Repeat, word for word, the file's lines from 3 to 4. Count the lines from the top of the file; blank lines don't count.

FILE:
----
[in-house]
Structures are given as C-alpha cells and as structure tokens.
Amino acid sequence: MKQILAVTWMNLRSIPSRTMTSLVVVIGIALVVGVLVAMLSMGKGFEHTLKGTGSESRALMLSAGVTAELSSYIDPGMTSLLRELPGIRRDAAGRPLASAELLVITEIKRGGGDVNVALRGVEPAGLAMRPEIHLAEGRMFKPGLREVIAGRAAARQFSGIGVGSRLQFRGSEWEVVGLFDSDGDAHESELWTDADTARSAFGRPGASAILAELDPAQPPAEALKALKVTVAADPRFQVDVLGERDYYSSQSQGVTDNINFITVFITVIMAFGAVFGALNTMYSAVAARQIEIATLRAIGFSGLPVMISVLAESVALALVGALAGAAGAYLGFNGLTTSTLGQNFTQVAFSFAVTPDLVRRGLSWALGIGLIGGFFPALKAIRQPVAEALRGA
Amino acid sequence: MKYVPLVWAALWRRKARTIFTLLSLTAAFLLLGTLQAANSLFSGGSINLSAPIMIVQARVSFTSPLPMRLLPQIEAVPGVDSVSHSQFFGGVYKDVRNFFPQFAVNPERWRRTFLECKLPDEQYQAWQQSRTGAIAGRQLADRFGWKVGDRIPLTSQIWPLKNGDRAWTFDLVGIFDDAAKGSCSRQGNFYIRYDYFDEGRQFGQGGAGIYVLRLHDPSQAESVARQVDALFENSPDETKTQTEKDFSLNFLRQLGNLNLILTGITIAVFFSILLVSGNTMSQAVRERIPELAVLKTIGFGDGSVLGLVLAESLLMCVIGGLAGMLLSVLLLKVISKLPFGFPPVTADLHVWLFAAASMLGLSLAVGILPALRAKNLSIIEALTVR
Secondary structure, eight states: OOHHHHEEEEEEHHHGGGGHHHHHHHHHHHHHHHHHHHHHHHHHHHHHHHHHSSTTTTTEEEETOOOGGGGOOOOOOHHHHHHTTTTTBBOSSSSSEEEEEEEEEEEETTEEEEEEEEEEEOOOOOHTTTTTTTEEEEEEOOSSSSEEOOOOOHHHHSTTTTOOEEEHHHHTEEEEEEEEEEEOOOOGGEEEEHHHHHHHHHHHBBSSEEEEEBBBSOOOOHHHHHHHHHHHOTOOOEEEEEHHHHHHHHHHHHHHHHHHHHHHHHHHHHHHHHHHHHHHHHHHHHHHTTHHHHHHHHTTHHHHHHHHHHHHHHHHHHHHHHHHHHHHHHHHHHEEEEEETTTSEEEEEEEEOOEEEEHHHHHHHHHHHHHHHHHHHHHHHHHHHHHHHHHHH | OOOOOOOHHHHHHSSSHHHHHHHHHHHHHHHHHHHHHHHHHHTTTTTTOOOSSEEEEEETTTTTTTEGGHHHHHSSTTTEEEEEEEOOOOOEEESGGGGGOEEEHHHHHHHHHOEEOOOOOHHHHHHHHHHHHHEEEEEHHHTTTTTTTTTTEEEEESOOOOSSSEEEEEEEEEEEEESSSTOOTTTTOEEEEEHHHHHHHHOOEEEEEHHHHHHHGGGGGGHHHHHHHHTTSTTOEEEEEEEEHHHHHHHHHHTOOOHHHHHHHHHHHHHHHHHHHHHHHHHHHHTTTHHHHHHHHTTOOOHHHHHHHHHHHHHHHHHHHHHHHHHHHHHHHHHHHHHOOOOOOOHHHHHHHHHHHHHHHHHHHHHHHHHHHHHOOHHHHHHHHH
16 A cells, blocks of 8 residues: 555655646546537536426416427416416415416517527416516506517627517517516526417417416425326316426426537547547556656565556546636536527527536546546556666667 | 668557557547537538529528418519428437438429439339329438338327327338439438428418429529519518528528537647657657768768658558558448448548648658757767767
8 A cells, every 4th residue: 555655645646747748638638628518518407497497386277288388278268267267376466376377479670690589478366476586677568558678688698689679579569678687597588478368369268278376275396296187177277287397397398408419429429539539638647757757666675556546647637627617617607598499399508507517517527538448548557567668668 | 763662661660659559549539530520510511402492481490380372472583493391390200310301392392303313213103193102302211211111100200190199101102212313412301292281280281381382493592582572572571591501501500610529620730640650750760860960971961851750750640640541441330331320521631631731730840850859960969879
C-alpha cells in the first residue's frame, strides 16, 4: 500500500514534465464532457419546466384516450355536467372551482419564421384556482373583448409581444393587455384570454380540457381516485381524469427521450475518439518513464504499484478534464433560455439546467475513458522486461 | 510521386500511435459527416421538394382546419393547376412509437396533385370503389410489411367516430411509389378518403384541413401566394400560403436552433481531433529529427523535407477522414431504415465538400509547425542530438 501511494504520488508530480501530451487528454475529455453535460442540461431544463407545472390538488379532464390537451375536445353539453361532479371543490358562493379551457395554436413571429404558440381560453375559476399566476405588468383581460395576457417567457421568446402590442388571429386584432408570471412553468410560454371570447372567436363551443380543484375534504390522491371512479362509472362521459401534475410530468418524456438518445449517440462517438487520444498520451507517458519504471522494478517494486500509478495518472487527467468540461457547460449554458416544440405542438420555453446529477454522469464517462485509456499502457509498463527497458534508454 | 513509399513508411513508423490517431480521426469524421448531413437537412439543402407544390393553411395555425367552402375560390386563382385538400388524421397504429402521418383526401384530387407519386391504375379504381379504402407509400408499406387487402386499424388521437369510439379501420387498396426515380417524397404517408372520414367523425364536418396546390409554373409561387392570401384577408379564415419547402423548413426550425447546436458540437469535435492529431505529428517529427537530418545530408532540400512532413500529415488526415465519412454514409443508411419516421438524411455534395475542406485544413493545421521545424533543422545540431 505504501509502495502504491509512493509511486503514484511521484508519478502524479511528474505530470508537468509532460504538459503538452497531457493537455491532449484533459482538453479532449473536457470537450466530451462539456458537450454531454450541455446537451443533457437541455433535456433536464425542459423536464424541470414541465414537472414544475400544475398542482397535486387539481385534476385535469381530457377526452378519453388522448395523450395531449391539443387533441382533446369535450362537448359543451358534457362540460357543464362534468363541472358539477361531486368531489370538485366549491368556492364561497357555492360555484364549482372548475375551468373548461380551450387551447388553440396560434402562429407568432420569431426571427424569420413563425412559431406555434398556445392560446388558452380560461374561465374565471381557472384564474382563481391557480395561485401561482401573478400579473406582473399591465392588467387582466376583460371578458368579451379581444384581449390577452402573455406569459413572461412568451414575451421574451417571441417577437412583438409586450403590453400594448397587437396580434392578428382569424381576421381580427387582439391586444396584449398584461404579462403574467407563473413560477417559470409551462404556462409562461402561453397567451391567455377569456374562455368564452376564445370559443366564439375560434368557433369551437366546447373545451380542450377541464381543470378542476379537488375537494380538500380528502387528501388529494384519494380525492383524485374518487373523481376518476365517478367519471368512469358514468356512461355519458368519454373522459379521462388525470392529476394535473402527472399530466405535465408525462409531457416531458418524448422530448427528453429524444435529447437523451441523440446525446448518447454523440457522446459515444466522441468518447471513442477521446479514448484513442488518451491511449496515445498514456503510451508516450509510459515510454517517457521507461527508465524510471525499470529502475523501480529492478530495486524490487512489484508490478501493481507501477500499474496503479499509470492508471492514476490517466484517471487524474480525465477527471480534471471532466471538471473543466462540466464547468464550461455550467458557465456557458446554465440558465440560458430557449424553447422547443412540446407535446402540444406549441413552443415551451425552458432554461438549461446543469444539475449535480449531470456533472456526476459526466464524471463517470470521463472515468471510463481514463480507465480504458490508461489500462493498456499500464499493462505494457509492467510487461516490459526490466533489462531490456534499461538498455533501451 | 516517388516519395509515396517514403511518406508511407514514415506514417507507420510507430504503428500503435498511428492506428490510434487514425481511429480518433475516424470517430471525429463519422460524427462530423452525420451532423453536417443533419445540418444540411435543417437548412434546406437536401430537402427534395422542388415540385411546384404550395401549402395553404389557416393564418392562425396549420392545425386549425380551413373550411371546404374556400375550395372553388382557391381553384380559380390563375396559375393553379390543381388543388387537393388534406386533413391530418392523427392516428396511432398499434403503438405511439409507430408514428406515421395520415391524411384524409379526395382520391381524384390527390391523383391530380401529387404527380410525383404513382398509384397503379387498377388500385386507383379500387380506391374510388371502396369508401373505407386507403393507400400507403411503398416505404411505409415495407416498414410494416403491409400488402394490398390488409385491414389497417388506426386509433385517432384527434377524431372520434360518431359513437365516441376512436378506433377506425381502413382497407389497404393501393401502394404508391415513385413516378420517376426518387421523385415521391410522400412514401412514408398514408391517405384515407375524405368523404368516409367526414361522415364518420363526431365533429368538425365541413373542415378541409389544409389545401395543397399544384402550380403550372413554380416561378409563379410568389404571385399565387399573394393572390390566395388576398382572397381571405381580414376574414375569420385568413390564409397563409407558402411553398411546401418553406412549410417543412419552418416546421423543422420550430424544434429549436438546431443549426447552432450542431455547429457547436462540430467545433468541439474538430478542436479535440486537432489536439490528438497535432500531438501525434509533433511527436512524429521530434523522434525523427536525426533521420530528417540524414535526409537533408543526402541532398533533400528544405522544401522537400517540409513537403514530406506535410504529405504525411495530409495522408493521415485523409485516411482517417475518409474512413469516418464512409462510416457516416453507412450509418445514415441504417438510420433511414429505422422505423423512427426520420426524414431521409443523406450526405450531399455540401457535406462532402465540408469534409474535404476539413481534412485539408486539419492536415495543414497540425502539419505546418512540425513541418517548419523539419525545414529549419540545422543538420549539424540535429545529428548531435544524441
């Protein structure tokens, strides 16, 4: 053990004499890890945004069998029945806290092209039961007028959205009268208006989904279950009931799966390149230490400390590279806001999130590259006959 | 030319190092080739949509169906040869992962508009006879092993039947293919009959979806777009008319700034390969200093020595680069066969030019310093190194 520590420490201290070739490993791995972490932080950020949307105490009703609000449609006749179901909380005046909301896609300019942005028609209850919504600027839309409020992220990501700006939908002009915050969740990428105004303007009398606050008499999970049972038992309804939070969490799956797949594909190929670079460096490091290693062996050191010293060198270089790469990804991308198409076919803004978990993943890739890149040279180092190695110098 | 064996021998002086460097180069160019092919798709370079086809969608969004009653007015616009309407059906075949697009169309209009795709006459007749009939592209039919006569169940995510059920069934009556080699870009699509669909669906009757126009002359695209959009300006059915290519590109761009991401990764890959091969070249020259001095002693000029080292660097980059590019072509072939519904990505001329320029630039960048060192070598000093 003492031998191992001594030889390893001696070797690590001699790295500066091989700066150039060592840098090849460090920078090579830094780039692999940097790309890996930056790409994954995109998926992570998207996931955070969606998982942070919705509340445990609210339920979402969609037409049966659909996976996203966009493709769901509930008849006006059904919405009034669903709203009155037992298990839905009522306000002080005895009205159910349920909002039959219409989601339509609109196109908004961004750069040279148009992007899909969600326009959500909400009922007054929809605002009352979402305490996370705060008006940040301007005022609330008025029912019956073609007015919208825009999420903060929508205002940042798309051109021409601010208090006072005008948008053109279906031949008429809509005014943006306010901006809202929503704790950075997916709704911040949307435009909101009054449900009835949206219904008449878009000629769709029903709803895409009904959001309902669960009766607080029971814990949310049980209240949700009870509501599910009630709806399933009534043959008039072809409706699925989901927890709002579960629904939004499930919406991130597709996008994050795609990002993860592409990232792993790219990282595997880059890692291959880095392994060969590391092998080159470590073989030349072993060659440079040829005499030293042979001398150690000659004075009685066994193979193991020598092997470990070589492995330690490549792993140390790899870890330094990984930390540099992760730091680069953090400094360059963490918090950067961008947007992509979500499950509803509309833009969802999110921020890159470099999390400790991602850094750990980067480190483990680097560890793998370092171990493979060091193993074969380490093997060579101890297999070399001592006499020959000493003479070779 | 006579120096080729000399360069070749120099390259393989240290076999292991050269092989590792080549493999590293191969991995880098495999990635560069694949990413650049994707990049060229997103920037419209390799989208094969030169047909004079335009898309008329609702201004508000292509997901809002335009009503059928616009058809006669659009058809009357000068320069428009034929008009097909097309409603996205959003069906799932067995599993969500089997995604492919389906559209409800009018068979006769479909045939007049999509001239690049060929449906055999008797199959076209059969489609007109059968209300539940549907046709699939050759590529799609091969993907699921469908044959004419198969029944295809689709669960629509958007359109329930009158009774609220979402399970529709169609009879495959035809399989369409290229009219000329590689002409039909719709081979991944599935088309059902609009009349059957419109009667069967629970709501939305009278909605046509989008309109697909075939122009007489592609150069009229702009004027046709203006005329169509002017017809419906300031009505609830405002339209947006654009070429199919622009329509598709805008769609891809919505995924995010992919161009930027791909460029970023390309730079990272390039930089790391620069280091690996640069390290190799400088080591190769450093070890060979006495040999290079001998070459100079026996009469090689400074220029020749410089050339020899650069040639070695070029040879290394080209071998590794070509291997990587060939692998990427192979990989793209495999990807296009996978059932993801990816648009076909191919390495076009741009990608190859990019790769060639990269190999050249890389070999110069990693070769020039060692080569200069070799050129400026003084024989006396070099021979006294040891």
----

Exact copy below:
Amino acid sequence: MKQILAVTWMNLRSIPSRTMTSLVVVIGIALVVGVLVAMLSMGKGFEHTLKGTGSESRALMLSAGVTAELSSYIDPGMTSLLRELPGIRRDAAGRPLASAELLVITEIKRGGGDVNVALRGVEPAGLAMRPEIHLAEGRMFKPGLREVIAGRAAARQFSGIGVGSRLQFRGSEWEVVGLFDSDGDAHESELWTDADTARSAFGRPGASAILAELDPAQPPAEALKALKVTVAADPRFQVDVLGERDYYSSQSQGVTDNINFITVFITVIMAFGAVFGALNTMYSAVAARQIEIATLRAIGFSGLPVMISVLAESVALALVGALAGAAGAYLGFNGLTTSTLGQNFTQVAFSFAVTPDLVRRGLSWALGIGLIGGFFPALKAIRQPVAEALRGA
Amino acid sequence: MKYVPLVWAALWRRKARTIFTLLSLTAAFLLLGTLQAANSLFSGGSINLSAPIMIVQARVSFTSPLPMRLLPQIEAVPGVDSVSHSQFFGGVYKDVRNFFPQFAVNPERWRRTFLECKLPDEQYQAWQQSRTGAIAGRQLADRFGWKVGDRIPLTSQIWPLKNGDRAWTFDLVGIFDDAAKGSCSRQGNFYIRYDYFDEGRQFGQGGAGIYVLRLHDPSQAESVARQVDALFENSPDETKTQTEKDFSLNFLRQLGNLNLILTGITIAVFFSILLVSGNTMSQAVRERIPELAVLKTIGFGDGSVLGLVLAESLLMCVIGGLAGMLLSVLLLKVISKLPFGFPPVTADLHVWLFAAASMLGLSLAVGILPALRAKNLSIIEALTVR